AoIT's Science department offers the following courses: Living Environment, Earth Science, Forensics, Chemistry, and AP Biology.

Living Environment

The course will cover the main areas of biology and will be accompanied by laboratory investigations. The laboratory investigations and homework will reinforce the concepts learned in class, and will count toward the final grade. Homework will include written answers to textbook questions as well as supplementary handouts. The main topics will be covered during class lectures, laboratory investigations, discussions as well as the result of viewing videos, using  computer software and preparing homework assignments. The units are Scientific Inquiry, Origin of Life, Ecology, Human Impact on the Environment, The Cell, Homeostasis and Immunity, Reproduction and Development and Genetics and Biotechnology.

Earth Science

The course will cover 10 topics under the umbrella of “Earth Science”: Astronomy, Meteorology, Earth’s processes, the dynamic Earth, rocks and minerals, geologic history, environmental pollution, maps and graphs. The course includes a weekly lab investigation. Identification of rocks and minerals, location of an epicenter, and construction of an ellipse are the major skills taught in the lab. There are 150 interactive assignments on the internet which are a critical component of the homework assigned during the year. 1200 minutes of supervised lab are required to complete the course and be eligible to take the Regents exam.


The basic concept of forensics is Locard’s principle: “every contact leaves a trace.” This is the principle behind the discovery and application of fingerprints. These were first discovered in Argentina in order to solve a murder. It has been thought that each person’s fingerprints are unique. This assumption was seriously challenged in 2004 when the Madrid bombing suspect showed two people with the same fingerprint. This course examines the history and use of different forensic techniques. DNA, Fire, Bombs, Fingerprints, Bones, Cyber crimes, etc. The course looks at historical cases as well as modern applications and potential developments in the future. With a basic understanding of these techniques the course also looks at the JFK assassination and 911 to evaluate the forensic investigation. This course requires an expository essay and an argumentative essay.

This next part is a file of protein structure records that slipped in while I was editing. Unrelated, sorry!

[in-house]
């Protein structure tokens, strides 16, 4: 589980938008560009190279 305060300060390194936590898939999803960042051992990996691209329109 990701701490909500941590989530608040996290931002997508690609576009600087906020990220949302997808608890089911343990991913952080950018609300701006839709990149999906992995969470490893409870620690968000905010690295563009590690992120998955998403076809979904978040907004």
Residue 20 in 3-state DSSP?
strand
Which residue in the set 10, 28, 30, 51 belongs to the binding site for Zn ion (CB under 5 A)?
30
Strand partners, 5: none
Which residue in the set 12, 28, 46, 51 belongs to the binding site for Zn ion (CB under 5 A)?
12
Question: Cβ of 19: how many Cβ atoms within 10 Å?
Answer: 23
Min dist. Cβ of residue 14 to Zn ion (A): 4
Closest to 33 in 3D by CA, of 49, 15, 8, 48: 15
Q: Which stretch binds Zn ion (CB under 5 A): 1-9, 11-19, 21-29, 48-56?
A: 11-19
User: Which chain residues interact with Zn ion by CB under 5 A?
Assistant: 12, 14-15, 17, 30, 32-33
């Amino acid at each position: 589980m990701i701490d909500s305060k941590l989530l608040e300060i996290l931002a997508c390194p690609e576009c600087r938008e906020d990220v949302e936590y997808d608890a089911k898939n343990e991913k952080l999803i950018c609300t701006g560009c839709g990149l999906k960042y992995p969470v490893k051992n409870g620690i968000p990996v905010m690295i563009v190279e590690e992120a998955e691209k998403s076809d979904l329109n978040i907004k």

Chemistry is a course based on regular laboratory investigations of matter, chemical reactions, and the role of energy in those reactions. Students enrolled in Chemistry compare, contrast, and synthesize useful models of the structure and properties of matter and the mechanisms of its interactions. In addition, students enrolled in this course are expected to: (1) gain an understanding of the history of chemistry, (2) explore the uses of chemistry in various careers, (3) investigate chemical questions and problems related to personal needs and societal issues, and (4) learn and practice laboratory safety. Purchase of a calculator is required; if unable to obtain one independently, the school will provide one for class time. 

The course content may include the study of atomic structure, chemical bonding, reactions, mass relationships in reaction, gases, liquids, solids, solutions, acids and bases. Kinetics and equilibrium, oxidation and reduction, organic and nuclear chemistry. Laboratory experiments will be used to reinforce topics studied from the text. The course is structured and designed for students to understand the connections between math and science.

AP Biology

The AP Biology course gives high school students the opportunity to receive college credit for work completed in high school. Students are expected to have proficient knowledge of Living Environment, Chemistry and Algebra. In order to ensure that the course’s curriculum content is equivalent to that of a two-­semester, college introductory-­level biology course, the College Board appoints a committee composed of college and university professors and high school teachers from around the country who represent a variety of academic institutions and demographics. The course itself includes topics regularly covered in a college biology course for majors. The textbooks used, and the labs done are equivalent of those done by college students. The course aims to provide students with conceptual framework, factual knowledge, and analytical skills in a range of topics including Molecules and Cells, Heredity and Evolution, Organisms and Populations despite major changes to the structure and style of question for the Exam.